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5 Reasons You Need Premarital Counseling

One of the most common myths I see in couples planning for marriage is the assumption that they possess an innate knowledge of how to be married.  Unfortunately, many of these couples soon learn that joining two individuals into “one flesh” is not as easy as it seems.  Premarital counseling has gained in popularity in recent years.  Many researchers have attributed this trend to couples marrying at an older age and also an increase in education.  Whatever the reason, premarital counseling just makes sense and can greatly help to get your marriage off to a wonderful start and help to prevent later problems.  Below are five areas that I think are critical to address before getting married.

 

1.  Communication and Conflict Resolution

It is commonly stated that 80% of marital problems relate to communication.  With that said, it makes sense that this topic gets considerable attention in premarital counseling.  How do you resolve conflict?  What do you do when you can’t seem to compromise?  How do you prevent defensiveness?  What do you do once someone gets defensive?  How do you speak your spouse’s love language?  How does your nonverbal communication influence your verbal communication?  All of these issues (and many more) need to be addressed as you seek to build a solid foundation for marriage.

2.  Sexuality

While couples are always eager to enjoy God’s gift of sexuality together, there are many issues that can make things fizzle instead of sizzle.  Expectations are always high on the honeymoon and if those expectations are not grounded in reality, frustration will ensue.  In particular, past sexual experiences by either partner can lead to a crowded bed.  Past sexual abuse or other trauma can often lead to problems down the road.  Another major issue today is the reality of the pornography problem.  I have addressed this at length in other posts, but pornography leads to unrealistic expectations.  In addition to preventing problems, I also think it is critical for the couple to come to a Biblical understanding of true sexuality.  To this end I strongly recommend Kevin Leman’s book “Sheet Music.”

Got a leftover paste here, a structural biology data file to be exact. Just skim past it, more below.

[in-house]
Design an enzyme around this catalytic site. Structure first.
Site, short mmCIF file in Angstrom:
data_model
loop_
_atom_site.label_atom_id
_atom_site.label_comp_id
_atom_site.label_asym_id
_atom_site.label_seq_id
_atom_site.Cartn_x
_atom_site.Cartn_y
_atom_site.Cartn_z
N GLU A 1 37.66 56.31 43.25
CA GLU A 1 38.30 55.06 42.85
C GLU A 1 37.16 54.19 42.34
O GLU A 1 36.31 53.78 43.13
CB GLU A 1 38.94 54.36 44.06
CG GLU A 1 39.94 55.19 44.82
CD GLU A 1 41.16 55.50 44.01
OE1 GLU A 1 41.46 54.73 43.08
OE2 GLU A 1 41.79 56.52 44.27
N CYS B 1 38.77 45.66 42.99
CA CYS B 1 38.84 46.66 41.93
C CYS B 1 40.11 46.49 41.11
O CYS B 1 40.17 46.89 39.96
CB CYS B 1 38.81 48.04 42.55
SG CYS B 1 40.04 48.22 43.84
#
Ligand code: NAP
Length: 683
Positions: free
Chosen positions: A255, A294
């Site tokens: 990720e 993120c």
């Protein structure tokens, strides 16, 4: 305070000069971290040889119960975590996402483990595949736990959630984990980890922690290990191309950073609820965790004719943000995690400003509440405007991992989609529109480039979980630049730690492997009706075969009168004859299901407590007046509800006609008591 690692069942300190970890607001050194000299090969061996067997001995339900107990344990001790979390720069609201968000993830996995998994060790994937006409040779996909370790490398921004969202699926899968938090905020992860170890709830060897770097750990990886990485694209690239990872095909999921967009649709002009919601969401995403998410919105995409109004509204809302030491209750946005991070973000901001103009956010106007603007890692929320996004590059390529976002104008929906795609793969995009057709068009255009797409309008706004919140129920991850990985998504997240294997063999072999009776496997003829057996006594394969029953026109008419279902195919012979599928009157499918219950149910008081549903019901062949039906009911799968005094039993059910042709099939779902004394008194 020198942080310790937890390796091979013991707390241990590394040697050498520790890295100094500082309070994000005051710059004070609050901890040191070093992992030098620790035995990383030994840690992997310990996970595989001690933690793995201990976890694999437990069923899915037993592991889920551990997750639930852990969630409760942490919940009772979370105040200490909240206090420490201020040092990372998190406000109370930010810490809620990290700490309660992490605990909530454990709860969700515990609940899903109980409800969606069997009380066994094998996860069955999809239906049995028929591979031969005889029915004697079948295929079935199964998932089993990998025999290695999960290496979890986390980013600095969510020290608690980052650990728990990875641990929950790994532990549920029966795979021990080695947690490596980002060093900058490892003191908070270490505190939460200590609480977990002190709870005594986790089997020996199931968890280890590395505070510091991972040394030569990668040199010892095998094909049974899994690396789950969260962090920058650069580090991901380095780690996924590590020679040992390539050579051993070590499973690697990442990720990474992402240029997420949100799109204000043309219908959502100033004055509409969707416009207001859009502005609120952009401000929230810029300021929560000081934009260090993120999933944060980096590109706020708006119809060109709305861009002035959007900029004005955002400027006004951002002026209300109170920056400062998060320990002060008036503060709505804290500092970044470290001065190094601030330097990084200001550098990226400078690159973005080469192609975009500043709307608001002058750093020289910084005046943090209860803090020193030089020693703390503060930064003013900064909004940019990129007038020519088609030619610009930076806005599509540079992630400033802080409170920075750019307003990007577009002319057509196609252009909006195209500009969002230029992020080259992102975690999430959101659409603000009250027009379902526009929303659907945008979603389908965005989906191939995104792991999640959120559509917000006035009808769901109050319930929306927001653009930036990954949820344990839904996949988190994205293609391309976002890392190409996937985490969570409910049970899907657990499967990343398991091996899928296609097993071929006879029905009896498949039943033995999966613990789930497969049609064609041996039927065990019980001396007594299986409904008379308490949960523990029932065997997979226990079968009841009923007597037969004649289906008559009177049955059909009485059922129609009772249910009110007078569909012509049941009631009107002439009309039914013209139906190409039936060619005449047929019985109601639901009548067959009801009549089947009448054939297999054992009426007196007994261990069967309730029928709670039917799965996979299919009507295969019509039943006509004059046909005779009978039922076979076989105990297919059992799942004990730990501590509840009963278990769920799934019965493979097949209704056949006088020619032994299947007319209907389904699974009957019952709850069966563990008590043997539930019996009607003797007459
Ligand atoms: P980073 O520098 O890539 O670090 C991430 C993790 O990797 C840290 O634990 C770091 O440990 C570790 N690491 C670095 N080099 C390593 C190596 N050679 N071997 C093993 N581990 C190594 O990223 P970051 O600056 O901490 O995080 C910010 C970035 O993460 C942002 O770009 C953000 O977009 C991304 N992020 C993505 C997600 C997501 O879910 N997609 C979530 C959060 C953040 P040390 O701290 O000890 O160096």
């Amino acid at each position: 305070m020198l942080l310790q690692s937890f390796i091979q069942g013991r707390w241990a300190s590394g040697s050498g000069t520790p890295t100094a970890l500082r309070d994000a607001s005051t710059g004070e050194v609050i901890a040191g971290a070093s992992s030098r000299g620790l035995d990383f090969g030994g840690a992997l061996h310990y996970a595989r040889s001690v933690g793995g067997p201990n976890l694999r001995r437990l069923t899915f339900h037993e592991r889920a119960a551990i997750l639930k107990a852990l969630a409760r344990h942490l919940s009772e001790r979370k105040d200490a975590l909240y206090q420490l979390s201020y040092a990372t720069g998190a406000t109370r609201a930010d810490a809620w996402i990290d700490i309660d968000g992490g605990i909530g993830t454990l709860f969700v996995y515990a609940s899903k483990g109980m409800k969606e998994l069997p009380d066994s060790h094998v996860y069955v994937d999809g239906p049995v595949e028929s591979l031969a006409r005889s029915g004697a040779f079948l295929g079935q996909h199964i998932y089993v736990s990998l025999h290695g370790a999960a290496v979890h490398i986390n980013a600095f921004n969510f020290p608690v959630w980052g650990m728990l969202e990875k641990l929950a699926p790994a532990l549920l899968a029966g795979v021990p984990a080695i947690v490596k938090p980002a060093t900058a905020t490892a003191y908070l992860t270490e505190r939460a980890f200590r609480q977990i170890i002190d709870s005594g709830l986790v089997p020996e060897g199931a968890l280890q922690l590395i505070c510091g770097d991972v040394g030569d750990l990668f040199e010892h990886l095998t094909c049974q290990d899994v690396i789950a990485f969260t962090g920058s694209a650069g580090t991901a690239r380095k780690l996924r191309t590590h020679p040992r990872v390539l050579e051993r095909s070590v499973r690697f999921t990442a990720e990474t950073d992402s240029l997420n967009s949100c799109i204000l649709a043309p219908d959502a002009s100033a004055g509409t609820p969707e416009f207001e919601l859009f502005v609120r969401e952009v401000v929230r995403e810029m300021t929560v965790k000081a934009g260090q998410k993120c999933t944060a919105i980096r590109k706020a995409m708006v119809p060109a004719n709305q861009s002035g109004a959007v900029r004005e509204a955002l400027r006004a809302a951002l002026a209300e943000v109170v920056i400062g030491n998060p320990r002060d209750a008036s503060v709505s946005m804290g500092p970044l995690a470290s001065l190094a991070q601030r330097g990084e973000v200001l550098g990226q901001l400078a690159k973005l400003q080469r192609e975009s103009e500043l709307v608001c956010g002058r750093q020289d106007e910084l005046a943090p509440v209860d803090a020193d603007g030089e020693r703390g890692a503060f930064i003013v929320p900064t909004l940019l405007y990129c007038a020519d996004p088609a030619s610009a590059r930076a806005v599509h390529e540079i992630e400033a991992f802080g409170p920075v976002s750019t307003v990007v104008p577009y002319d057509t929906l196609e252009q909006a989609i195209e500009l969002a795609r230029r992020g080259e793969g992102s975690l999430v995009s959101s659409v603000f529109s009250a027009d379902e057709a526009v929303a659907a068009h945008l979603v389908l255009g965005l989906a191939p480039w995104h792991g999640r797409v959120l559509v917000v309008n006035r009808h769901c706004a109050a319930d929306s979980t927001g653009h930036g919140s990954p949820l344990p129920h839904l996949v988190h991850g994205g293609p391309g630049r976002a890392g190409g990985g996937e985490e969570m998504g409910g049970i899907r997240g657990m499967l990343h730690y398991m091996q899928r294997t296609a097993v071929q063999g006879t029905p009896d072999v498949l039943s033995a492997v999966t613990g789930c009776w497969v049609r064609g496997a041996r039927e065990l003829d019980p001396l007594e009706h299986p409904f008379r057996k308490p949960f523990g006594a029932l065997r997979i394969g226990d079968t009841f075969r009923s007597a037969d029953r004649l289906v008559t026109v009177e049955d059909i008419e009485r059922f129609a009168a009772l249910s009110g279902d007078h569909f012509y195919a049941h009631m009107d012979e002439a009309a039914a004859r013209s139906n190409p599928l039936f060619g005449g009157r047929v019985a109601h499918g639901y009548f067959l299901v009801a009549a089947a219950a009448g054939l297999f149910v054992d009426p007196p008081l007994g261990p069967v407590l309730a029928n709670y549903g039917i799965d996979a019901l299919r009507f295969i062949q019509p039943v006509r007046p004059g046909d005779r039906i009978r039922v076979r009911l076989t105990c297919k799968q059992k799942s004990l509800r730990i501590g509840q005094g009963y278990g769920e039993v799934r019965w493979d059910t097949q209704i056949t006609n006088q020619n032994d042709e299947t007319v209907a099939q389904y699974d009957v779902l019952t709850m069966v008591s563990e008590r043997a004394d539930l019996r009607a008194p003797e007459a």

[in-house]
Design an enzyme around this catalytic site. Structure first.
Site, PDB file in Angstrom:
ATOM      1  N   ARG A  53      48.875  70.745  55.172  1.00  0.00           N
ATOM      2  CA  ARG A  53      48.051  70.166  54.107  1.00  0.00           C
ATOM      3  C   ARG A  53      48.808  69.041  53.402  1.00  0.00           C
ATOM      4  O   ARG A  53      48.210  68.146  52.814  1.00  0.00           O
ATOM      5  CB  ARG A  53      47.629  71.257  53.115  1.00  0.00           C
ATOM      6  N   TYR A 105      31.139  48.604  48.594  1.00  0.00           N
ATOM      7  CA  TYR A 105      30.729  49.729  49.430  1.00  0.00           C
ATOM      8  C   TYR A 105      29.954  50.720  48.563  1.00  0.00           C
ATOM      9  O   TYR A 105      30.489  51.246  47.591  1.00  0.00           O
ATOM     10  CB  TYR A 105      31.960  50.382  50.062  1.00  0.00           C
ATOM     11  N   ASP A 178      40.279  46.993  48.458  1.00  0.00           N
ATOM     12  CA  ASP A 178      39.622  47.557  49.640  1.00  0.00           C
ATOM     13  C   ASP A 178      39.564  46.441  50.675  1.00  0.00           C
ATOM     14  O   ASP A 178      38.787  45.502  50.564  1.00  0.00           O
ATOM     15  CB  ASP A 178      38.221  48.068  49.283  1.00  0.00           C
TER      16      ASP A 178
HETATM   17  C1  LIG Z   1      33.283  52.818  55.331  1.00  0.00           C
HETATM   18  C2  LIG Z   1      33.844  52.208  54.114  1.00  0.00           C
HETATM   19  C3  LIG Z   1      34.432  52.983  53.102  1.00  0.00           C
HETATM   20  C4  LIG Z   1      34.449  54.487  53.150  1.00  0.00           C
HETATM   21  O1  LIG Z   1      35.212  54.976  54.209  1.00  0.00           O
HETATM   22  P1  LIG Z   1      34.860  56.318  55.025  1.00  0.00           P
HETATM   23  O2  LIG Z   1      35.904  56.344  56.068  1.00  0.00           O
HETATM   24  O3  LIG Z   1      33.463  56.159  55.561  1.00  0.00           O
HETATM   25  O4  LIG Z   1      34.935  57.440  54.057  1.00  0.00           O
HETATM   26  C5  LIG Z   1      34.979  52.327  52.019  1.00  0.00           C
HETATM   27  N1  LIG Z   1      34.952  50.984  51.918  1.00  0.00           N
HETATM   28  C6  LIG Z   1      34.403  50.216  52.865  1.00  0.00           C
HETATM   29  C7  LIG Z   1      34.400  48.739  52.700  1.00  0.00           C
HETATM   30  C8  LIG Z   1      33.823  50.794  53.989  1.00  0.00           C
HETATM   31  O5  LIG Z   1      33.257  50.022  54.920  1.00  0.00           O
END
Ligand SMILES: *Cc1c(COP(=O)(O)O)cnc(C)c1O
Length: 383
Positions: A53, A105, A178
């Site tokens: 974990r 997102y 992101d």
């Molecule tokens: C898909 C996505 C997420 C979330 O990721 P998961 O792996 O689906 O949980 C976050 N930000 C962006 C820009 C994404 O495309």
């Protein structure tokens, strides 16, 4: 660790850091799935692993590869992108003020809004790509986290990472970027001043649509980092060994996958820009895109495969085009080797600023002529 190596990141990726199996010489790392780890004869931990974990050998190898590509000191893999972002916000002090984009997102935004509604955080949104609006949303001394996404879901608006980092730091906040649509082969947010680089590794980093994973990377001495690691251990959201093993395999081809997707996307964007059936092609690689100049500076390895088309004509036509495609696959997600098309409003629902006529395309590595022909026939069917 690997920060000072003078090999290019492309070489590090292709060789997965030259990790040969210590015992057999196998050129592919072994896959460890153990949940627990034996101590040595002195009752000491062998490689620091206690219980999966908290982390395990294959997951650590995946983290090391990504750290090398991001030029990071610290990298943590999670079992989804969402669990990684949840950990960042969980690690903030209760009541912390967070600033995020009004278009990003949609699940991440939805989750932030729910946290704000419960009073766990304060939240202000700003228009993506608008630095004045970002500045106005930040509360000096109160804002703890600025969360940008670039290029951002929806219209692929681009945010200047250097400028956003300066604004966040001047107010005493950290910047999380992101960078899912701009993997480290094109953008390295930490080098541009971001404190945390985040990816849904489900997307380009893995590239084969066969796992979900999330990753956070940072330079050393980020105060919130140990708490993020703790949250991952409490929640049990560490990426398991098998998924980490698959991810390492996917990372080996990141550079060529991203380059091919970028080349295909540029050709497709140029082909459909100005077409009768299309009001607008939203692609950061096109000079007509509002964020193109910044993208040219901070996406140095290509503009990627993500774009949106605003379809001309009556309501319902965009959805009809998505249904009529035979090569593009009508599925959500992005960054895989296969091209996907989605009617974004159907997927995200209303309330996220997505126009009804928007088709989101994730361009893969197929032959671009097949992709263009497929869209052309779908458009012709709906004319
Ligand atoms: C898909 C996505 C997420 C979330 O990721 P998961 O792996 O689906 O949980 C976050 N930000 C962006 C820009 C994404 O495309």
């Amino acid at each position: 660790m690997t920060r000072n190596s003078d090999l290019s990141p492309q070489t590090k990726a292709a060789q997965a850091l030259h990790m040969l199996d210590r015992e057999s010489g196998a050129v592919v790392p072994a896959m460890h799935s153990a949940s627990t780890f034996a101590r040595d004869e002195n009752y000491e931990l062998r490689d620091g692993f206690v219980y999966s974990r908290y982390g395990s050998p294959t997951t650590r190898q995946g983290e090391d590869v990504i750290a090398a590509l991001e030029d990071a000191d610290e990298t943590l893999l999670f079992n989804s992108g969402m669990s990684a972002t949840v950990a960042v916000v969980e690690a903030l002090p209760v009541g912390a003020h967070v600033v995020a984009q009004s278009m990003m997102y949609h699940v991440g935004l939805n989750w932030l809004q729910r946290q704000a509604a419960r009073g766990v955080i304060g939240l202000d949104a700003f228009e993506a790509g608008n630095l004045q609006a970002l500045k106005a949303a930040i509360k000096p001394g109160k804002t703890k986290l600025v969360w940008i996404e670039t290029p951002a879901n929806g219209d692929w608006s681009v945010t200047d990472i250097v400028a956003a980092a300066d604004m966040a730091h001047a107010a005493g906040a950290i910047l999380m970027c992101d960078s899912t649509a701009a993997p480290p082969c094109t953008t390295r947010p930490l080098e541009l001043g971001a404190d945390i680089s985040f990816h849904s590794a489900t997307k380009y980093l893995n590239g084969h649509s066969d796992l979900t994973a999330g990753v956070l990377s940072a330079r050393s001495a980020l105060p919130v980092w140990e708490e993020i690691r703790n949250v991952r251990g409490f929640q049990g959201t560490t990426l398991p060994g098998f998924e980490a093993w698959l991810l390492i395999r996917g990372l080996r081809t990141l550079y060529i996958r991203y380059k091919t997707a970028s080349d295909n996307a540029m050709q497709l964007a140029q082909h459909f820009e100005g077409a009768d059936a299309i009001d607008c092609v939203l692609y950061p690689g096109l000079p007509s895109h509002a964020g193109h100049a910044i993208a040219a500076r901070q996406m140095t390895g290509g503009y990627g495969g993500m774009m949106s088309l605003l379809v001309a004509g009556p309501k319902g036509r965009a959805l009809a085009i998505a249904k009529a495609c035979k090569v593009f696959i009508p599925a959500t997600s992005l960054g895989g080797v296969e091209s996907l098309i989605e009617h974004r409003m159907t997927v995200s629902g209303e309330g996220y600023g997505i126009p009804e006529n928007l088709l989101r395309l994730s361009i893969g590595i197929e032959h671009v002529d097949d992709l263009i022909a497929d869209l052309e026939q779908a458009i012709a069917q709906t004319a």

3.  Finances

A disturbing trend that I find in marriage today is the tendency to keep finances separate rather than combined.  This leads to a “yours” and “mine” economy rather than “ours.”  I find this tendency to be deeply rooted in communication problems and a lack of trust.  If you feel this is necessary you need to seek counseling or read a good book on the subject such as Dave Ramsey’s “Total Money Makeover.”  Other issues include setting a family budget, learning to account for that budget, setting spending priorities, real estate decisions, and future expectations about who will work when kids enter the picture.

4.  Roles and Responsibilities

Everyone has expectations about roles and responsibilities that are often deeply rooted in their family of origin.  Who works outside of the home?  How do you divide household chores?  Who takes care of the lawn?  What were the roles of each person in their respective families of origin? You may think all of these details will just work themselves out in time, but starting the conversation before your wedding can prevent these areas from becoming sources of conflict.  Chances are good that you and your fiance have different expectations.

5.  Expectations

I hope by now you have seen the word “expectations” a few times in this article.  It’s important to remember that the distance between reality and expectation is disappointment.  Will you seek to have children?  How many? Where will you live? How much time will you spend with your families? While it is impossible to prevent all disappointment, the more realistic your expectations are then the less frustrated and disappointed you will be in your marriage.

There you have it, five reasons you need to seek premarital counseling.  Many states have even begun to see its importance.  In fact, where I live in Fort Myers, Florida, the county clerk of court will issue a discounted marriage license if you complete at least 4 hours of counseling with an approved professional.  While 4 is good, I suggest 6-8 sessions–your marriage is worth it!

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